From fertility to breast cancer prevention, here’s an age-by-age look at what women should know about their health.
“It is important for women to take care of their health because, as a famous quote says, ‘an ounce of prevention is worth a pound of cure,’” says Romelle Maloney, MD, an OB/ GYN with Greenwich Hospital and Northeast Medical Group, both part of Yale New Haven Health. “Women are living longer. And when a woman is in good health, she spreads that wellbeing to her family and her community.”
But of course, when it comes to health, many of the issues women focus on—particularly things like fertility, breast cancer prevention, menopause, and more—depend on our age. “A woman’s body changes over time as part of the aging process,” explains Maloney. “It is a natural process. And good health makes the passages of her life an amazing journey.”
So what does that look like? Here’s a breakdown of health issues to keep top of mind and discuss with your doctor—at every age.
Teens and 20s
While you might not be in your teens anymore, your daughter might be. To that end, be sure to keep an eye on when she starts her period—and how it affects her. “It can be associated with irregular or heavy menses, mood changes and painful periods,” says Maloney. Though it’s recommended to start pap smears at age 21, visiting the gynecologist is still a good idea before that—and gives the doctor a chance to have the ‘what is normal’ conversation, Maloney says. “During this time period, older teens are transitioning from childhood to young adulthood. Some will be moving away from home for the first time. These gynecology visits allow an opportunity to empower a teen to start caring about her health,” explains Maloney. Some important topics to talk to the doctor about include the HPV vaccine and STI-prevention, as well as what a healthy relationship looks like.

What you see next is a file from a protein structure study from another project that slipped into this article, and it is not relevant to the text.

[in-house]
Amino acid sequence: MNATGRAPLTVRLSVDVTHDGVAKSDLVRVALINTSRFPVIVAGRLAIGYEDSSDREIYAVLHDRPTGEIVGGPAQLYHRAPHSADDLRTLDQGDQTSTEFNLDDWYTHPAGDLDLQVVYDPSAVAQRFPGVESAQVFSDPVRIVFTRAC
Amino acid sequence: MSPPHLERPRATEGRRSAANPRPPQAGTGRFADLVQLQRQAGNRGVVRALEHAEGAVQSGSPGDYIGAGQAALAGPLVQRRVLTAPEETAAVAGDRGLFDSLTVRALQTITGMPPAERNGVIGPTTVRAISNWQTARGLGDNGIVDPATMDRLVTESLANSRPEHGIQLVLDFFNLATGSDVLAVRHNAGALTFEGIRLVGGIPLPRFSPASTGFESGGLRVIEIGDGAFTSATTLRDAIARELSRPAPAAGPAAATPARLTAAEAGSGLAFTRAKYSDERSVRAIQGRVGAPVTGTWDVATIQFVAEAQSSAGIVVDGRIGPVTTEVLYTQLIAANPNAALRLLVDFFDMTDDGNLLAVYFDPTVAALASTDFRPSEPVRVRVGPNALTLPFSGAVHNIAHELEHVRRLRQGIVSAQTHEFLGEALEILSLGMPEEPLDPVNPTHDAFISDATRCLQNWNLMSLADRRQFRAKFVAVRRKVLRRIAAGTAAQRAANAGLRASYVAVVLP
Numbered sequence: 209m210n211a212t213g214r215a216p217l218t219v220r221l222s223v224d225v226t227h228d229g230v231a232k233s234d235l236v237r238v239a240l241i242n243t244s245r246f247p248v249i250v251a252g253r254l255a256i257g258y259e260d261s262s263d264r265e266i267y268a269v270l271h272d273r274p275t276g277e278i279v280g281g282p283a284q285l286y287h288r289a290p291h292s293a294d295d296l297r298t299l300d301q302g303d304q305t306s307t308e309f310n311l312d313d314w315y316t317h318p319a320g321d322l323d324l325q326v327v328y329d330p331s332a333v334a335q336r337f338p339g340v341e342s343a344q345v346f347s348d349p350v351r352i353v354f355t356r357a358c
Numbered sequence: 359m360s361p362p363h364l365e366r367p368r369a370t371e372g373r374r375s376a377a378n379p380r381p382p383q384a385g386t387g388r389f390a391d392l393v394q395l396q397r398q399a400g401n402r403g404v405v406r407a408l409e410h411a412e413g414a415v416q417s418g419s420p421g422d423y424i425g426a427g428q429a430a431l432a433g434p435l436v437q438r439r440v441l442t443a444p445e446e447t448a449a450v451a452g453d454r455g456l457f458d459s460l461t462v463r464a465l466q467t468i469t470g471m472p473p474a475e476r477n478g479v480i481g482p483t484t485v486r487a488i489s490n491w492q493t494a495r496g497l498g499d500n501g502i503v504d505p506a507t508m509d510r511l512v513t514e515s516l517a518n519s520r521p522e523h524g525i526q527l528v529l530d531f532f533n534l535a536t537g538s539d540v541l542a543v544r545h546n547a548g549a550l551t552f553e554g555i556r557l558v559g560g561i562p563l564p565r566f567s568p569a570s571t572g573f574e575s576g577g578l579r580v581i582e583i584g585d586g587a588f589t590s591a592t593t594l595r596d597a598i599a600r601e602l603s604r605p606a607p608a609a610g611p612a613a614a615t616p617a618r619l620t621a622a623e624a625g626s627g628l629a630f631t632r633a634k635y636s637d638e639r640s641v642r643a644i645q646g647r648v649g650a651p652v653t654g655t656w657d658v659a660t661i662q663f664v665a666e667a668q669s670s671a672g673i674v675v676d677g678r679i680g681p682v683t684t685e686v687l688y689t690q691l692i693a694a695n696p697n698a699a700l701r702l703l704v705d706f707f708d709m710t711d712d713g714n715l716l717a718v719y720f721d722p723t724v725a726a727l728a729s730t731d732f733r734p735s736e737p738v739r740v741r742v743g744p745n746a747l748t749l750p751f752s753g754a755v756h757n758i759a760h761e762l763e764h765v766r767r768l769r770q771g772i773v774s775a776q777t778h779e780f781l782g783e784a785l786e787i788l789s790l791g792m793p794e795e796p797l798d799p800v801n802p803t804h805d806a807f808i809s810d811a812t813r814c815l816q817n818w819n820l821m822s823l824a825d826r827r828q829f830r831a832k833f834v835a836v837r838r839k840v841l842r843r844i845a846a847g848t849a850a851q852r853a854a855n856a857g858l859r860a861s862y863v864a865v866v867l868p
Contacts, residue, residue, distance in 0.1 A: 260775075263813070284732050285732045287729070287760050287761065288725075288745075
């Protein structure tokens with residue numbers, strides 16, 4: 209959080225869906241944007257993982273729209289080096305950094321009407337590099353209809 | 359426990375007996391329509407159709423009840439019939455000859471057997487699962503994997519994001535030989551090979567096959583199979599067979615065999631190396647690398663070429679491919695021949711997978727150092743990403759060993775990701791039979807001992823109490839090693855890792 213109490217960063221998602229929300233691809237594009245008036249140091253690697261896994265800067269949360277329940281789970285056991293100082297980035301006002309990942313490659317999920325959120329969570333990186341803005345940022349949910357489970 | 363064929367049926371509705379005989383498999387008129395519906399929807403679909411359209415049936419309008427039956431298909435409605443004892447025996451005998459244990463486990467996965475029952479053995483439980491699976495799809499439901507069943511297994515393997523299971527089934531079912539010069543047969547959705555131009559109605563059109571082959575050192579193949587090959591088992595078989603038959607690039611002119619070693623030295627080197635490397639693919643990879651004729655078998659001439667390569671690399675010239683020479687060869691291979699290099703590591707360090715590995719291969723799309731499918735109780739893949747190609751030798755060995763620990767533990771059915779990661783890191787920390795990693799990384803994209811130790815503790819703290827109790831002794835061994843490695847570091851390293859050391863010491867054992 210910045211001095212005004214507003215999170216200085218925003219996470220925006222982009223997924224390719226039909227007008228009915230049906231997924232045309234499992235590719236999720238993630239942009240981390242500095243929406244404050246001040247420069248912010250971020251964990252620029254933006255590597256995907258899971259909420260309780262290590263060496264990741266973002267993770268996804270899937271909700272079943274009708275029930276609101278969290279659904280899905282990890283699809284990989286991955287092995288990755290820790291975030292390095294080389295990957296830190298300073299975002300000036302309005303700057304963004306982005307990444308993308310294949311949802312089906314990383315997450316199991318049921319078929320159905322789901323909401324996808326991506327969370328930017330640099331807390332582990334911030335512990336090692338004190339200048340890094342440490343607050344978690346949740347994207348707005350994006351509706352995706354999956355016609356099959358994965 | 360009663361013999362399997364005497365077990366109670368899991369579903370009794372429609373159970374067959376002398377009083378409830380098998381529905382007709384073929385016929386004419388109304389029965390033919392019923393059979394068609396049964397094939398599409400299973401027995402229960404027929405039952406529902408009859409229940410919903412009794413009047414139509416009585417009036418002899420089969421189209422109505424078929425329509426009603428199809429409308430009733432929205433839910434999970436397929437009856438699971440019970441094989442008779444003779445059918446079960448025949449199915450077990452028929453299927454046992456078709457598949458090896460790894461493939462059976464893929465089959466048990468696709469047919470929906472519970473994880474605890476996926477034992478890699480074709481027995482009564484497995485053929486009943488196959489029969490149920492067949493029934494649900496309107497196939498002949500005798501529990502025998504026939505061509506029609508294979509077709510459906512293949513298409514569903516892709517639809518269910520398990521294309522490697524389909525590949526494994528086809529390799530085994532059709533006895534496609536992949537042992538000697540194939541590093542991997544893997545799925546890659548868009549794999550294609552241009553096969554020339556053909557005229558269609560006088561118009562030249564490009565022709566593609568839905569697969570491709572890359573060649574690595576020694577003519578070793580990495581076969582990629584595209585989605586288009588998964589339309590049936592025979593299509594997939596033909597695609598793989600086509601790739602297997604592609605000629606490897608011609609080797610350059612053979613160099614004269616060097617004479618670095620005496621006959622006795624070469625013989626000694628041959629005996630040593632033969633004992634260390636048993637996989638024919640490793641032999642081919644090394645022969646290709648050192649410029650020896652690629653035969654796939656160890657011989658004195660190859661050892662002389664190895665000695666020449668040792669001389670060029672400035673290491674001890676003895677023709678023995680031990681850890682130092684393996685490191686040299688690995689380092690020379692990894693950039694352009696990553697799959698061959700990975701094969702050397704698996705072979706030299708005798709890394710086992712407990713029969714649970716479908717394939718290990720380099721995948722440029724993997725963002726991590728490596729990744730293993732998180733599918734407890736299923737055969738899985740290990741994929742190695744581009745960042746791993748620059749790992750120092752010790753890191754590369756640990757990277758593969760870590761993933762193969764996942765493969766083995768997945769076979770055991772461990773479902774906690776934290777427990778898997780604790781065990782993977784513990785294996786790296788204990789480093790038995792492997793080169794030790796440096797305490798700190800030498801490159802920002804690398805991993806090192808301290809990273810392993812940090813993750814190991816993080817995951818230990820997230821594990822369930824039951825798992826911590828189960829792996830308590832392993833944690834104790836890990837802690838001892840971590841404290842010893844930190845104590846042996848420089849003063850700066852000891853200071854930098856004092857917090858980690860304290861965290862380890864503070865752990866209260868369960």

For women in their 20s, along with getting regular pap smears—which are every three years until age 29—some of the topics that should be addressed include STI prevention and the HPV vaccine, as well as birth control options, says Maloney. Self-breast exams are also important to start in your 20s—and continue to do no matter how old you are. “The use of self- breast exam in this age group is essential,” says Barbara Ward, MD, breast surgeon and medical director at the Greenwich Hospital Breast Center. “I like to use the phrase ‘self-aware’ because self-exam sounds like a test that can be failed. Being self-aware means taking personal responsibility for a new, significant lump.” And by that she means a lump that “seems to come out of nowhere.” And find out about your history—from both sides of the family tree. “Learning about the presence of a BRCA 1/2 gene, for example, in this age group allows for earlier surveillance with breast MRI, breast ultrasound and mammography when age appropriate.”
At this age, some women might also start to think about freezing their eggs. “There are no clear recommendations for women in their 20s as to whether they should or should not freeze their eggs. However, in my opinion it is never too early to freeze eggs,” says Zaher Merhi, MD, the founder of Rejuvenating Fertility Center in Westport, CT, and NYC. On the other hand, Nora R. Miller, MD, a board-certified reproductive endocrinology and infertility specialist with Yale Medicine Greenwich Fertility, says that “women in their 20s should not consider freezing their eggs electively to preserve their fertility for the future. They are still young and are unlikely to use their frozen eggs or need to use them in the future. Most women in their 20s will find a partner and be able to conceive spontaneously.” But she does say that “if a woman has risk factors for prematurely losing her reproductive capacity—such as severe endometriosis or cancer, and will undergo chemotherapy, radiation to the pelvis or surgical removal of her ovaries— she should freeze her eggs at the time of diagnosis.”